Posted: Sep 3, 2009 1:18 PM by Anastaiya Bolton
If you were looking for food at the Smith-Donovan estate, some geese and ducks that live there would seem like a good, easy dinner.
They've even been a proven success.
"We see a lot of coyotes out here," property owner Scott Donovan said. "We've had, last winter, all of our ducks and geese were eliminated."
But over the weekend, something was looking for a bigger meal.
"I was about to ride him and I saw the scratches on him," said 9 year-old Haley Smith, Donovan's step-daughter, who rides and takes care of Donovan, the horse.
She says she knows the difference between scratches Donovan got this weekend, and the injuries he received from other horses on the property.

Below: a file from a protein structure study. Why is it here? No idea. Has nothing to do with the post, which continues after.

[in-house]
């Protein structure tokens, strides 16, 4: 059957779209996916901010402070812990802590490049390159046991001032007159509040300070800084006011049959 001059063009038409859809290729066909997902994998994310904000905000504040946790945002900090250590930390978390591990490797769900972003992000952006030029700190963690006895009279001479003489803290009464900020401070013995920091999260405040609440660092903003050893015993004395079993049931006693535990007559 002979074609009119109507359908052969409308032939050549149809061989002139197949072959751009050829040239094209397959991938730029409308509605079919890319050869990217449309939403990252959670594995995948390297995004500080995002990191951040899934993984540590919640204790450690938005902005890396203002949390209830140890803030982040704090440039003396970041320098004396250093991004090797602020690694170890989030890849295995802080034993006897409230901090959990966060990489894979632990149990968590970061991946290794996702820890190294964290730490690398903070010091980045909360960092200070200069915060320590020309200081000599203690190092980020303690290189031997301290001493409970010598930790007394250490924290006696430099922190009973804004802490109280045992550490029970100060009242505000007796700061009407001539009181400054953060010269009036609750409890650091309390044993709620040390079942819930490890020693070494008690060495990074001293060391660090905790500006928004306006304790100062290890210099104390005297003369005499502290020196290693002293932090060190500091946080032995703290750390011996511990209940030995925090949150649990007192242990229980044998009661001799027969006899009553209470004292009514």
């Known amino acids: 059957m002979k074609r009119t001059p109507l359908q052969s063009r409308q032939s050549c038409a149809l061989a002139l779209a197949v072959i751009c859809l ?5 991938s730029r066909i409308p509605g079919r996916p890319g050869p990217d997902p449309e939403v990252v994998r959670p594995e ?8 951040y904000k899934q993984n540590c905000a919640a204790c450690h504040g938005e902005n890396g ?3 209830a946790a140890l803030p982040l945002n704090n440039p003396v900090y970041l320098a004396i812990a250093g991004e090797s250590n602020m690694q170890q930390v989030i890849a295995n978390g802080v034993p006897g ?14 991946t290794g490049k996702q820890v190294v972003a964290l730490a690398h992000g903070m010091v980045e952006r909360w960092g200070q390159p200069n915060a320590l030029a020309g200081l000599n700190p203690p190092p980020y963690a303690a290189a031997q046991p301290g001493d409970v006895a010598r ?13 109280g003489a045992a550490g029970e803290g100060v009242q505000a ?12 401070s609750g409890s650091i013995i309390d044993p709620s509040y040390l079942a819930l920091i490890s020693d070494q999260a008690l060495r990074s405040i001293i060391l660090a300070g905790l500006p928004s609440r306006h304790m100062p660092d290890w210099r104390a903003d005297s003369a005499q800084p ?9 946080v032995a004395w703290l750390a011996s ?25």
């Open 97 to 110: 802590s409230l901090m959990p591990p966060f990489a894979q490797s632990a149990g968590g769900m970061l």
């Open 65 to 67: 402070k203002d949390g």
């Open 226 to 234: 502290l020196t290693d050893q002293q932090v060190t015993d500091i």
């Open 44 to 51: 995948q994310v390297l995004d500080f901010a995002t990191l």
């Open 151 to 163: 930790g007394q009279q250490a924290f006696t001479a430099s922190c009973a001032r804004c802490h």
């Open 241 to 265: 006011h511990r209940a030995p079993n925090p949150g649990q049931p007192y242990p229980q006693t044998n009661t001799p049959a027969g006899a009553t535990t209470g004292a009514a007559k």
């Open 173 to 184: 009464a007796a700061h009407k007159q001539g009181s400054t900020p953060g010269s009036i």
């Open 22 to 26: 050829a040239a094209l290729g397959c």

"This cut up here was open. That's [the] one we put the most medicine on," Haley said pointing at a large scratch. "He has kick marks here because the other horses don't like him. Something tried to eat him."
Donovan was grazing alone one night, when something tried to pull a fast one.
"It looks like he got clawed down like this, you can see a nice little claw there, deep scratches here," Donovan said. "Looks like he was either scratched or bitten down around the middle of his hind leg. Looks like it came at him from this angle, whatever it was. I'm not quite sure what it was. It looks like a mountain lion."
No one in the family has seen the animal that attacked the horse.
They point not only to Donovan's injuries for proof, but also the print the accused aggressor left behind.
"There is no way a coyote would jump up and do that. They wouldn't even take on a horse. But I think if the situation was right for a mountain lion, the opportunity, I think it would do something like that," he said.
The Colorado Division of Wildlife is looking into the matter.
In the meantime, no one is playing out in the backyard at night, Haley and her 10 year-old sister Sierra included.
"Better safe than sorry," Donovan said.